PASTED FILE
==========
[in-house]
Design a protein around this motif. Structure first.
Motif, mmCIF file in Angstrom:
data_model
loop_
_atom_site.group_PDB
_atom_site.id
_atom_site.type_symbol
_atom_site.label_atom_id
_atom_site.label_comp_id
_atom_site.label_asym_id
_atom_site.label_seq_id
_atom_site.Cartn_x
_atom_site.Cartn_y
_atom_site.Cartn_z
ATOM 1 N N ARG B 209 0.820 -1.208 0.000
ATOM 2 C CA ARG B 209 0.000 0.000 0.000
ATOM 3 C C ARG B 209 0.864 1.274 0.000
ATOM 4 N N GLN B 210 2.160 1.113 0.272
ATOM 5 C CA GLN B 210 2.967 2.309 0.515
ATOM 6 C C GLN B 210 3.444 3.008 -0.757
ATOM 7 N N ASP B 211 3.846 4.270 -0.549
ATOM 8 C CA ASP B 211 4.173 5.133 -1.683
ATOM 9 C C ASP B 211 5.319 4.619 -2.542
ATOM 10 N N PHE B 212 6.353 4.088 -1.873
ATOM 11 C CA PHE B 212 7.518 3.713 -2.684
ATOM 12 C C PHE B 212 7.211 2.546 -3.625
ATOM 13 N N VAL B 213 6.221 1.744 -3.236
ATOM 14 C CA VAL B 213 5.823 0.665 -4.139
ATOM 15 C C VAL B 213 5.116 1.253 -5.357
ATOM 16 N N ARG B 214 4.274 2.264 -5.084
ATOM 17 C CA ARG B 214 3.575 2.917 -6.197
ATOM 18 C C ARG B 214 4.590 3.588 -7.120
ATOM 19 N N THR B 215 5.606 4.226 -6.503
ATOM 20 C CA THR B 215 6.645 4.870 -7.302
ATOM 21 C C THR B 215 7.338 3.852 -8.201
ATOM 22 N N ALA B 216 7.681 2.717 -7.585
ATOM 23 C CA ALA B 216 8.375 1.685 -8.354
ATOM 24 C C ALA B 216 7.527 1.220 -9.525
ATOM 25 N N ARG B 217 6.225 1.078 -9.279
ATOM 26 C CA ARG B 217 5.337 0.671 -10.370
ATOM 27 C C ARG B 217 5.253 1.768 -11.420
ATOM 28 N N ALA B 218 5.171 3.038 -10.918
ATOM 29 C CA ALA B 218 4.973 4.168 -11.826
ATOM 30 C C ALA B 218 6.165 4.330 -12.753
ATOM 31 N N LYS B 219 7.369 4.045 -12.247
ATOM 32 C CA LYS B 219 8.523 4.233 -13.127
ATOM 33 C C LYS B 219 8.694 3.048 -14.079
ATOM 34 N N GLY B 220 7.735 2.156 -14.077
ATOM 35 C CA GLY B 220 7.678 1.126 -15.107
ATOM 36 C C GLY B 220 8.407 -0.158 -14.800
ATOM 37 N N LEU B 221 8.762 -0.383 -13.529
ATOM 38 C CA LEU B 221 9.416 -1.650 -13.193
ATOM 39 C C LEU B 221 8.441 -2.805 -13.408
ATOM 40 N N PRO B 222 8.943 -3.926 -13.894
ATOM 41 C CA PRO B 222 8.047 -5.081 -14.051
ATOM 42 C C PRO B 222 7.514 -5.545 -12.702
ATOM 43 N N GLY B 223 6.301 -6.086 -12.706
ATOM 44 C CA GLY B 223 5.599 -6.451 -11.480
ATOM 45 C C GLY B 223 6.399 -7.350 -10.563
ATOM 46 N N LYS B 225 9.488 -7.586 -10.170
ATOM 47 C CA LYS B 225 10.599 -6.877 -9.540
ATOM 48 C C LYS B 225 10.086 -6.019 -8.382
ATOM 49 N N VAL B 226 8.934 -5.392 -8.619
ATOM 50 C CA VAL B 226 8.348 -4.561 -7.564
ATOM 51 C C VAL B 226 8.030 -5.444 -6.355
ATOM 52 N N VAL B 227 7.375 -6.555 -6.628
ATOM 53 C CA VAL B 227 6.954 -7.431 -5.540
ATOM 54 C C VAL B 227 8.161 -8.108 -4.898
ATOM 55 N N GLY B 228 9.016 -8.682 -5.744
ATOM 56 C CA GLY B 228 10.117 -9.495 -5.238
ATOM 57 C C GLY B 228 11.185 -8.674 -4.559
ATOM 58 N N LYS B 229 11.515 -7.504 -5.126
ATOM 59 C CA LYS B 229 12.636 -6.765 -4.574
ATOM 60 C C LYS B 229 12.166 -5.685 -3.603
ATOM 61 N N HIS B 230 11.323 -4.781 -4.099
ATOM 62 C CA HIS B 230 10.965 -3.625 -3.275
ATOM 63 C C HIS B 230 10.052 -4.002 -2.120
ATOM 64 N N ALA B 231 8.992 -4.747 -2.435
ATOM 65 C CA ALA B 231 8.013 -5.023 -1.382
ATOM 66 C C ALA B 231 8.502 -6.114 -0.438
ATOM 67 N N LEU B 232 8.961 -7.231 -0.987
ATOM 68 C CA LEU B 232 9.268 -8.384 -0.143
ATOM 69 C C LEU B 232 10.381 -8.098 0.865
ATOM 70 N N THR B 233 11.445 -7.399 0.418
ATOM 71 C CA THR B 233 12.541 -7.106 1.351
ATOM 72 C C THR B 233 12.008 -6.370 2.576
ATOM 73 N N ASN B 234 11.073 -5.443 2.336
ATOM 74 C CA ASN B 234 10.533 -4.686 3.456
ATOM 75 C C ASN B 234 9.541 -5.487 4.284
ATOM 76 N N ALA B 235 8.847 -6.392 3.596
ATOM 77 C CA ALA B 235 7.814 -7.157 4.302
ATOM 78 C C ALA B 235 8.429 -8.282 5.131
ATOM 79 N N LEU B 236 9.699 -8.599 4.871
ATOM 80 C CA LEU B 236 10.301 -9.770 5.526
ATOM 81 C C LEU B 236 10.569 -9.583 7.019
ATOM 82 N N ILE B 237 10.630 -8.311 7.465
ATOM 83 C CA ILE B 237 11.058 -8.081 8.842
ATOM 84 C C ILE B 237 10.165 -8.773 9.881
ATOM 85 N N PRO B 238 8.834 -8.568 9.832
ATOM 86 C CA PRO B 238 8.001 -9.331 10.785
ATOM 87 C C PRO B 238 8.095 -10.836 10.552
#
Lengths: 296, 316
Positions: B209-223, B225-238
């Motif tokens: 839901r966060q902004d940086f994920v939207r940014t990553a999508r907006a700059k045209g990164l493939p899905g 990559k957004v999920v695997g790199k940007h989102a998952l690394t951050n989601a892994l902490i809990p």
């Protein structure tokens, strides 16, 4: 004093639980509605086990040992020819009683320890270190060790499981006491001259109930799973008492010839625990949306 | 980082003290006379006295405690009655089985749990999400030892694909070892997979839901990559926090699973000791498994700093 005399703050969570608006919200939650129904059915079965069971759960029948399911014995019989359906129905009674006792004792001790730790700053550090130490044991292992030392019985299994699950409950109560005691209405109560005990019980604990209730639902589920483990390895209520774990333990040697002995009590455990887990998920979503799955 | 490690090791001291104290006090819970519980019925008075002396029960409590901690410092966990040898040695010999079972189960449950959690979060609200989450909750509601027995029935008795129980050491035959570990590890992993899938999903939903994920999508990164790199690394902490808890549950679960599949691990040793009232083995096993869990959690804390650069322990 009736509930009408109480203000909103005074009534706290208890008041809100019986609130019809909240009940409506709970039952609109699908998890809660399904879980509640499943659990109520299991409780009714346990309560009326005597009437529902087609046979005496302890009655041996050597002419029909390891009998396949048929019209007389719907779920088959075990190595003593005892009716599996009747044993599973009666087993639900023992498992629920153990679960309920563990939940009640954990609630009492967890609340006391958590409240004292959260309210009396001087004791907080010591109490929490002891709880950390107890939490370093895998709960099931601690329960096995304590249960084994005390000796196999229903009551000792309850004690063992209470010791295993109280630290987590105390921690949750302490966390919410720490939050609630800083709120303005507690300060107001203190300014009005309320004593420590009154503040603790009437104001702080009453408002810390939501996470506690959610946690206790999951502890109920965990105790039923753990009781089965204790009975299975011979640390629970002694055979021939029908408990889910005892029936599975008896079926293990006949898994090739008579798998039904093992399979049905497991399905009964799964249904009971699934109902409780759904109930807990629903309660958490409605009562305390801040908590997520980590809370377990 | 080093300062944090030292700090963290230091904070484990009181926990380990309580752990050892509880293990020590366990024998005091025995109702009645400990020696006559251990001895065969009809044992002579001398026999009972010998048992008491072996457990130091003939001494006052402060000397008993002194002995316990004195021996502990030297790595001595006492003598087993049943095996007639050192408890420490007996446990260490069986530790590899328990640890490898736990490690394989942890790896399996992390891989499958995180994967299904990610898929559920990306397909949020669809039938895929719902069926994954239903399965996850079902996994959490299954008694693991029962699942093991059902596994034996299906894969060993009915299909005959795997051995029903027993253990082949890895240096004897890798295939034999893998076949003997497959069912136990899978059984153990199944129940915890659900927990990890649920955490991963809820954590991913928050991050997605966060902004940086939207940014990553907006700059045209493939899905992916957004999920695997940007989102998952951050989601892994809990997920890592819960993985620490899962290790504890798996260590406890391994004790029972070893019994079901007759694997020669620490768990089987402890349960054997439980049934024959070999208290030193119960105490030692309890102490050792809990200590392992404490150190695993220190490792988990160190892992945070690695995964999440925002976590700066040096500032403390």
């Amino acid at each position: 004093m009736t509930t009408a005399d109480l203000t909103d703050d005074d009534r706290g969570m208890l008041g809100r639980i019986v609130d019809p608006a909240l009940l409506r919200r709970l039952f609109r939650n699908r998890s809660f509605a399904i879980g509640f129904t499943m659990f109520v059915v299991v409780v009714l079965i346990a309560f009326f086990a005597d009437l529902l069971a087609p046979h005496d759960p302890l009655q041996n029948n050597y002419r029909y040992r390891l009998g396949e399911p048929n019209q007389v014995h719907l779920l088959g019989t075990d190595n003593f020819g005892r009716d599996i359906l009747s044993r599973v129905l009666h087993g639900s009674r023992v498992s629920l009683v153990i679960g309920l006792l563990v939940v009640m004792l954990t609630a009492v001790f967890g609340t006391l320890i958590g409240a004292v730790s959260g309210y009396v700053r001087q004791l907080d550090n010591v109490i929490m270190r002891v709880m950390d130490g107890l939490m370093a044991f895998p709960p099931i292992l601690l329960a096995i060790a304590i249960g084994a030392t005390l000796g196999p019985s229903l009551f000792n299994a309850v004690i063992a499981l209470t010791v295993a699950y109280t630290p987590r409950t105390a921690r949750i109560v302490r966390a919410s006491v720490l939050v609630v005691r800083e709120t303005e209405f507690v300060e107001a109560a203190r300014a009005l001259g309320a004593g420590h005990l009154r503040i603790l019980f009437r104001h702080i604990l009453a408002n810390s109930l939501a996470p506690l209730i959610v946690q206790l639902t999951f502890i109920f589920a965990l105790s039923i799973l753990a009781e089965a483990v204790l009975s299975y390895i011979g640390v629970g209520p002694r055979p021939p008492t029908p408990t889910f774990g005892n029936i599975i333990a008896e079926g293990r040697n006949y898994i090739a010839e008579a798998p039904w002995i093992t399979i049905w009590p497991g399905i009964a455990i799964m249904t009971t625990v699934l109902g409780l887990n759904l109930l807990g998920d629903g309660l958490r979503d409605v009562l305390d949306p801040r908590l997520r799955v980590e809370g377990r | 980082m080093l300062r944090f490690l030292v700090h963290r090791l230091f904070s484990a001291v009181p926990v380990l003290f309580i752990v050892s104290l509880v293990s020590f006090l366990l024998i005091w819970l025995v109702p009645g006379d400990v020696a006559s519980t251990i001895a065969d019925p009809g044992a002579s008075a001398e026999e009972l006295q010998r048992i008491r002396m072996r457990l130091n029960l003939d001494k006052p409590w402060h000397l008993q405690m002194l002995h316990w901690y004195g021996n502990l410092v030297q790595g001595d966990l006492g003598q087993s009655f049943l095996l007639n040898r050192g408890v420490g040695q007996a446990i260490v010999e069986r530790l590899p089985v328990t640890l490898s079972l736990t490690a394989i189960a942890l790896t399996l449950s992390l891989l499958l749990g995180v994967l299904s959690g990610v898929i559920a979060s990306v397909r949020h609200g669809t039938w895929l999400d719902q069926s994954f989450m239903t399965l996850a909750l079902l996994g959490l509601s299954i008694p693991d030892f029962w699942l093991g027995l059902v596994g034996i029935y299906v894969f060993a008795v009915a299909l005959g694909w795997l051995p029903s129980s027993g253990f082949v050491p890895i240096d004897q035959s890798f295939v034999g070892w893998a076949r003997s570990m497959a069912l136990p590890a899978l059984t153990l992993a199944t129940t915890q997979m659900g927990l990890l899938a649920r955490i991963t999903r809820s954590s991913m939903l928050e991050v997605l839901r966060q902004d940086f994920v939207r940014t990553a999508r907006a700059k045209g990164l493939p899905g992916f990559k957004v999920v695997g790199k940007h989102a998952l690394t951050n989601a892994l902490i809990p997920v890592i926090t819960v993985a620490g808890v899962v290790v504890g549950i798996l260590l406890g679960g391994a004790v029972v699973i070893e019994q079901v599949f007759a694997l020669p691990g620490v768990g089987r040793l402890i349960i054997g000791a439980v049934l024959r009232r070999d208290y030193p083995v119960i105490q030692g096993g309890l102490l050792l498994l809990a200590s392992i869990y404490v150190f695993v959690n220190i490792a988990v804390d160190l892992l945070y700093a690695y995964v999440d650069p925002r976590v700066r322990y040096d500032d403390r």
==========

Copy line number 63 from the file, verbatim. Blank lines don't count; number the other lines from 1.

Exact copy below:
ATOM 48 C C LYS B 225 10.086 -6.019 -8.382